For wing sections we used a hot wire, a nichrome wire stretched on a big wide H of wood, like a cartoon Frame saw, see #21 55 Different Types of Saws And Their Uses (With Pictures) The wire was connected to an old toy train set transformer, and tightens and loosens as it heats & cools. The glued together slab of foam then had airfoil shaped outlines in plywood glued and nailed to each end, the hot wire saw operated by a human at each end then plunge cut to the outline and follow the outline around. It's best to mark off 1 or 2 inch marks with numbers on both outline boards so the 2 operators can coordinate the slow cut "almost to 6" "about a half inch to 23 , slow down" etc. Then sanding, glass application, sanding, sanding, sanding, ...... OOPs, lost in dusty memories, sorry. :)

The foam in this case acts like ribs, one big continuous one. There are lighter methods but for a minimum amount of tooling, no big molds etc. It is well proven tech. Of course this isn't even a beginner guide.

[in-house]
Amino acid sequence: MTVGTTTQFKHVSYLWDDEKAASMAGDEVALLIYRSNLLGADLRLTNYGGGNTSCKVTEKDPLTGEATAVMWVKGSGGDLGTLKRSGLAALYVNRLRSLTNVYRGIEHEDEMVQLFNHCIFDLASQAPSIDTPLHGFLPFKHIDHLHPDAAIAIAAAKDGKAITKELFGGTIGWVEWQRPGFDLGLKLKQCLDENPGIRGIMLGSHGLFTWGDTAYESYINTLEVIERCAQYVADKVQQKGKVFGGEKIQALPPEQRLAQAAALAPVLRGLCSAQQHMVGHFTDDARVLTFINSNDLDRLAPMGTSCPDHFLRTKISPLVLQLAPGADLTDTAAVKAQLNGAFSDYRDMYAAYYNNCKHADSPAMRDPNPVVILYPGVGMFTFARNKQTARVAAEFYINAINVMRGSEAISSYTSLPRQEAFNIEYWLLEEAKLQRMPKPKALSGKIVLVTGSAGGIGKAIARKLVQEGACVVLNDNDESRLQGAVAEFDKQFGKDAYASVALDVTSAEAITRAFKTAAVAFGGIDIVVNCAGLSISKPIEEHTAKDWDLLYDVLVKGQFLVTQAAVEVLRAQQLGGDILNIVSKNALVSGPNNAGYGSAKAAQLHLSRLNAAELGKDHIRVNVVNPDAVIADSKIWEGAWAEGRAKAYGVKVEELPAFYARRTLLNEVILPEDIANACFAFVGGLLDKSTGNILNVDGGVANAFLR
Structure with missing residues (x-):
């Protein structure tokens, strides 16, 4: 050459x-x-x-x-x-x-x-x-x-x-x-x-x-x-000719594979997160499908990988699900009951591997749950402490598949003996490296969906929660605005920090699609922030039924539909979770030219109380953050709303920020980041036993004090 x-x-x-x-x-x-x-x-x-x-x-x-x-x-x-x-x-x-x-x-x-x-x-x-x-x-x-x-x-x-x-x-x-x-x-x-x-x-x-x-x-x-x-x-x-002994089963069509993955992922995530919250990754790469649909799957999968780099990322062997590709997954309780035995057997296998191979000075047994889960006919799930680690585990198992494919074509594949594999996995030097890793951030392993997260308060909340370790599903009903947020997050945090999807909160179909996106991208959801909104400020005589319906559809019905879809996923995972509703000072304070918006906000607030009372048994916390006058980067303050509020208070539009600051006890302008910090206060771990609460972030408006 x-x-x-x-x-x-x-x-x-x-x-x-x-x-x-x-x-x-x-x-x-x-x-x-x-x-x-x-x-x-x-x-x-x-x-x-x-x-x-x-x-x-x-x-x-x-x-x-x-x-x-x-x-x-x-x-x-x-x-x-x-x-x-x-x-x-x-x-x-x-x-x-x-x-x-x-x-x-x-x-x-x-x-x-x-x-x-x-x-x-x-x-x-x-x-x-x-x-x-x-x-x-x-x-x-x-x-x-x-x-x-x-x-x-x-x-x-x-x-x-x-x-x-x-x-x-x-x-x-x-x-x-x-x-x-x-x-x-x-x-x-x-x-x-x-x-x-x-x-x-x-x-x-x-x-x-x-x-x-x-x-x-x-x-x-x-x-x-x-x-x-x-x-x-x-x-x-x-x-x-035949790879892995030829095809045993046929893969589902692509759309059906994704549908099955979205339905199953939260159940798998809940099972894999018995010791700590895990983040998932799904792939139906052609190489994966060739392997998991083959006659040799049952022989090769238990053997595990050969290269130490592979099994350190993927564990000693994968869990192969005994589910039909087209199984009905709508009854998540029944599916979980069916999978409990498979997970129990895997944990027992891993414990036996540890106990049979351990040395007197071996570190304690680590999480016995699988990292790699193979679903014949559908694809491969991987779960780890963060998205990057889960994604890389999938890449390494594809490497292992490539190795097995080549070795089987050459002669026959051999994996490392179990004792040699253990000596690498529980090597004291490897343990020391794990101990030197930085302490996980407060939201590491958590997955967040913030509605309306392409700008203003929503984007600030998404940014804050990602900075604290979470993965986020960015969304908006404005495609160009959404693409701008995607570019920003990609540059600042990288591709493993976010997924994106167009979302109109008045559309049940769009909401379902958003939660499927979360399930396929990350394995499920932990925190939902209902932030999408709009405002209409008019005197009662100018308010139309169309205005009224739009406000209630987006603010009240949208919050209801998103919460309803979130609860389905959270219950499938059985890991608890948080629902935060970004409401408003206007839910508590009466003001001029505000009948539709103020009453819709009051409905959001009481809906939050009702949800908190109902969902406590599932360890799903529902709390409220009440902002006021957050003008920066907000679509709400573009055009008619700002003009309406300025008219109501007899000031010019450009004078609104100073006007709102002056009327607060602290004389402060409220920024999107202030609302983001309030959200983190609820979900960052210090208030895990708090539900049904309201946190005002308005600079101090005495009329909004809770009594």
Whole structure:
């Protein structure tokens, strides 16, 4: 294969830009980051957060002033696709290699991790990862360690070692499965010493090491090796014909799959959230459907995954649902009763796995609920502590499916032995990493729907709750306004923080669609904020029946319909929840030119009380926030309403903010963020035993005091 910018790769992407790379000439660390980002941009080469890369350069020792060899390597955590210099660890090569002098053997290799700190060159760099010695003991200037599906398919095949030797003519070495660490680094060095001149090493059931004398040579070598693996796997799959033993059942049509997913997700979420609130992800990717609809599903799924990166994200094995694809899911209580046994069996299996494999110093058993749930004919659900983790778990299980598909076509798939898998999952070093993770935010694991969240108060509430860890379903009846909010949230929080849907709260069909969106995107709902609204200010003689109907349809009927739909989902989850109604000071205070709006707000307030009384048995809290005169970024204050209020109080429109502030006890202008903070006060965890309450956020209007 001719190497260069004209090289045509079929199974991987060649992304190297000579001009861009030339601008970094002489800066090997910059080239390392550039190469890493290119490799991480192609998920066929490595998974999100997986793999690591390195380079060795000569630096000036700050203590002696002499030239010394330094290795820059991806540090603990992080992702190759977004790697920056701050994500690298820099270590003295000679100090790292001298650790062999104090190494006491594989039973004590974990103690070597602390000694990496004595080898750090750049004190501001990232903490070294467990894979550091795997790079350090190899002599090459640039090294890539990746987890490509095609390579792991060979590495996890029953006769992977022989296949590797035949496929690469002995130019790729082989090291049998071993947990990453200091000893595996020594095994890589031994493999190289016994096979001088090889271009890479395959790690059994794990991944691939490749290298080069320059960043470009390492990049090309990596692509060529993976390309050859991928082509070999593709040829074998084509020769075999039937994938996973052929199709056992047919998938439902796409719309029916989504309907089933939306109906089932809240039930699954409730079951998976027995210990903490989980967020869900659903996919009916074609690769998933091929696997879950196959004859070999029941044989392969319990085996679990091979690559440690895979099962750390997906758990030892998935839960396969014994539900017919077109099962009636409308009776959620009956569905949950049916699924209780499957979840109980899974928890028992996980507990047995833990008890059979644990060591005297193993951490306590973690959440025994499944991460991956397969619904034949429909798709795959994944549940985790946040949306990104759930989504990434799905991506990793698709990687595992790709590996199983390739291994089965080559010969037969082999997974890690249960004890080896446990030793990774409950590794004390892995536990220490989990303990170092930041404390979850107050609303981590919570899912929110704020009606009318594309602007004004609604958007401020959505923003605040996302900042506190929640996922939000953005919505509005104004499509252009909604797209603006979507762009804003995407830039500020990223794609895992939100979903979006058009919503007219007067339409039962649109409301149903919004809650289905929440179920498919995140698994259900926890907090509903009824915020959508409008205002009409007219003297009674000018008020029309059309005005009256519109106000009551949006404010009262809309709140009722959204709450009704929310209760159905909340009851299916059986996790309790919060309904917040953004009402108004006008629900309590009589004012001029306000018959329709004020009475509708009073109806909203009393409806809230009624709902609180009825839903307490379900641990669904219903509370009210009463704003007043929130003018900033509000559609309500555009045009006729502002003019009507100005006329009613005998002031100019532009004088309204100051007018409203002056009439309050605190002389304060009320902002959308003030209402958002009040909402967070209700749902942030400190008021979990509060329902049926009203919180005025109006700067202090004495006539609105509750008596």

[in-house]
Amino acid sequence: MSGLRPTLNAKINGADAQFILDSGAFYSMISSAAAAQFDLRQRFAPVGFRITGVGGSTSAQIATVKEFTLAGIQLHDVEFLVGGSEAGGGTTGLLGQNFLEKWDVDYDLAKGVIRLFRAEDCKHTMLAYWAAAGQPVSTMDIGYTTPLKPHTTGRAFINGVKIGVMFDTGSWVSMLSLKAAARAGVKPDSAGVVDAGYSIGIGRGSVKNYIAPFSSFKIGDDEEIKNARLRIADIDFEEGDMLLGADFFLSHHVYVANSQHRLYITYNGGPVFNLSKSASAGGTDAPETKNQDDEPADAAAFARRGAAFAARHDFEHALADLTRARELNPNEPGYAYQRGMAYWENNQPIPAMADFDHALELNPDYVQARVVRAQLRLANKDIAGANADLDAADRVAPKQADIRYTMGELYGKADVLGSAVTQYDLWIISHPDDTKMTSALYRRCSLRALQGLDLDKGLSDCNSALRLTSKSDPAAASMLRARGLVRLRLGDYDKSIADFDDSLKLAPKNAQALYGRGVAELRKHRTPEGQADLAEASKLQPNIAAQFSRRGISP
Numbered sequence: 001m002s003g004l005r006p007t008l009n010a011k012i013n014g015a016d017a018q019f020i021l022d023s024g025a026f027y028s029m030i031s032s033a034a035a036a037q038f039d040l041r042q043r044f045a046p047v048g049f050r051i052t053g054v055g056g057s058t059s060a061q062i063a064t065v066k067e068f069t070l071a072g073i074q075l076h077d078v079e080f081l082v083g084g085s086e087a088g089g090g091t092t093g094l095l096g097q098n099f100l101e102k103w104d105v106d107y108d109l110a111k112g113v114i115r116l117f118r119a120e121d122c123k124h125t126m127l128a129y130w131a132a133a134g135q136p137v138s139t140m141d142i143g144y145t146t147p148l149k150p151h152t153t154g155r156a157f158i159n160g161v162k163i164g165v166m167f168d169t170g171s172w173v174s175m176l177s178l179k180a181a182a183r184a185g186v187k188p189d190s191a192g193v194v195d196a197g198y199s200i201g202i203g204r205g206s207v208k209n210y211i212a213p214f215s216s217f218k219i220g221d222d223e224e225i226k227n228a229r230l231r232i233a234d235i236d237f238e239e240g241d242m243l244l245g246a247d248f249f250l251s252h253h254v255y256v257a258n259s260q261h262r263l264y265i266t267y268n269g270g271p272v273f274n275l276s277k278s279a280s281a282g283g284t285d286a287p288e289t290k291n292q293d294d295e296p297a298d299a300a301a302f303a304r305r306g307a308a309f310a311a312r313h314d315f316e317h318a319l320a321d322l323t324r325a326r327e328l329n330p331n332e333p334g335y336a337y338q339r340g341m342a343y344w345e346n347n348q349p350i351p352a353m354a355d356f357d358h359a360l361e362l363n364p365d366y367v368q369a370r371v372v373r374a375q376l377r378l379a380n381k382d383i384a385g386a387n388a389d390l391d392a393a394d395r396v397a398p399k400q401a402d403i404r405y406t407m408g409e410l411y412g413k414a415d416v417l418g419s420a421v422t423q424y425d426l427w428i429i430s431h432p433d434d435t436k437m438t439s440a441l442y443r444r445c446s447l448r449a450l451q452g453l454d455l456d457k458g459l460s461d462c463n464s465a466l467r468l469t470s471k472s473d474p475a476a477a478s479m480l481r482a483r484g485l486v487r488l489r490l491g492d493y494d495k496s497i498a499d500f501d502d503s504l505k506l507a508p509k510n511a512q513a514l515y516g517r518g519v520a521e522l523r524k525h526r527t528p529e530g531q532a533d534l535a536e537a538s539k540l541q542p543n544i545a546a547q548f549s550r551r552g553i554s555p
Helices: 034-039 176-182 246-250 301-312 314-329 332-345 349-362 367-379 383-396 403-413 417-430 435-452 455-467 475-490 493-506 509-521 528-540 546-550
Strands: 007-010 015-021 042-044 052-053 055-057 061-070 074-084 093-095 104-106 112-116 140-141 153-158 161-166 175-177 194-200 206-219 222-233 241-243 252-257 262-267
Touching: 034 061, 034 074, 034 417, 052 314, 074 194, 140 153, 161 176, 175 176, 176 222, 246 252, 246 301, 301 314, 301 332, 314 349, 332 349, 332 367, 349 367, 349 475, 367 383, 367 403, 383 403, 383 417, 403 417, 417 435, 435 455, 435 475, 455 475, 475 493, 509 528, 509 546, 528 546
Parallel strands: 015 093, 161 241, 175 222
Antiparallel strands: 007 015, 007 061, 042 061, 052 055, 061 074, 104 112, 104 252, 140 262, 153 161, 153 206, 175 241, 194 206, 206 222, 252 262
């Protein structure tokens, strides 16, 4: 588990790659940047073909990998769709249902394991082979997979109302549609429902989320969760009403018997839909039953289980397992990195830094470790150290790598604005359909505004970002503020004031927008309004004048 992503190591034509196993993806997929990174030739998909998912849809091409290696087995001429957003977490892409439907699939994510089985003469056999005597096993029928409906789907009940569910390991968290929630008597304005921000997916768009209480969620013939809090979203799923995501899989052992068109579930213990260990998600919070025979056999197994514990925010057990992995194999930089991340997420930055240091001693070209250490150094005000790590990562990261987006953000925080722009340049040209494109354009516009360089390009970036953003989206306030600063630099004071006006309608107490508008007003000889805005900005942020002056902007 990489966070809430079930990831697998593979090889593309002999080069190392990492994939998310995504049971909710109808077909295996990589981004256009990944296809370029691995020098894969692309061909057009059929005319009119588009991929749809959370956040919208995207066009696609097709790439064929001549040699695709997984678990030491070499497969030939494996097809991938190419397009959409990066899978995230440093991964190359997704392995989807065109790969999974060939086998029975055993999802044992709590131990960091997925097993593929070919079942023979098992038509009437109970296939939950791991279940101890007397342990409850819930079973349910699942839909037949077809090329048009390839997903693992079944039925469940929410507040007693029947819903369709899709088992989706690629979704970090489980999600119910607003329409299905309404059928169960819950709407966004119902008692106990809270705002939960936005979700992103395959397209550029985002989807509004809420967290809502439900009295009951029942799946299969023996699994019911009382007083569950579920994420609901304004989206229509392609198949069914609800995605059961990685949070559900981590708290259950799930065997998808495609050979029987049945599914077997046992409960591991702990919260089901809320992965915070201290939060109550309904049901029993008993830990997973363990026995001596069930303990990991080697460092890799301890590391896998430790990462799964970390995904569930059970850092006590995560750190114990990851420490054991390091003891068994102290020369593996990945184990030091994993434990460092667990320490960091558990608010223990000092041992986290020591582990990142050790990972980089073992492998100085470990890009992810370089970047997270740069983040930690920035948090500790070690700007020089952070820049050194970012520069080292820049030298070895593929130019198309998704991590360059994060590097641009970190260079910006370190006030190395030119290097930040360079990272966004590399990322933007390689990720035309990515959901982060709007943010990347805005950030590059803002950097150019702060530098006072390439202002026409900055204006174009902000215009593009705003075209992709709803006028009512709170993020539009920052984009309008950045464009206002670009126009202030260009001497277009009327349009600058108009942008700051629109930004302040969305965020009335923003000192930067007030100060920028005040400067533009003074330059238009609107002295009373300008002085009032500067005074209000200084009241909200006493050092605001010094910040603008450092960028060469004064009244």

And you don't want to do a big composite project. Check out the Mike Arnold videos on how to do it right.

g

autocorrect is being mean to me today, excuse errors, please.. It's Never Duck You.
Excellent advice!!!
Next I'll try gluing the foam board edges together with construction adhesive thick glue and laying a 4" wide Kevlar or carbon or glass ?? tape cap along the seam and epoxying it down.
I have Rutan's composite manual and its a nice one for resin techniques.
I also have Wainfan's airfoil manual and like it a lot even tho it doesnt include his thoughts on lifting body aerodynamics.
His FMX5 version of the Facetmobile was to have been a honeycombed foamy but he didn't make one, just designed one for the military. My big SkySled wing-section type of wingless UltraLight airplane is the simplest lifting body of all and the airfoiled-fuselage form has been well-proven in flight amply as in the 1978 Popular Science wingless plane. It didn't even need rudders! 8=0 Can you spot any design errors in the photo? Maybe the propeller cutout in the center of the lifting body? Dunno, maybe it's just me.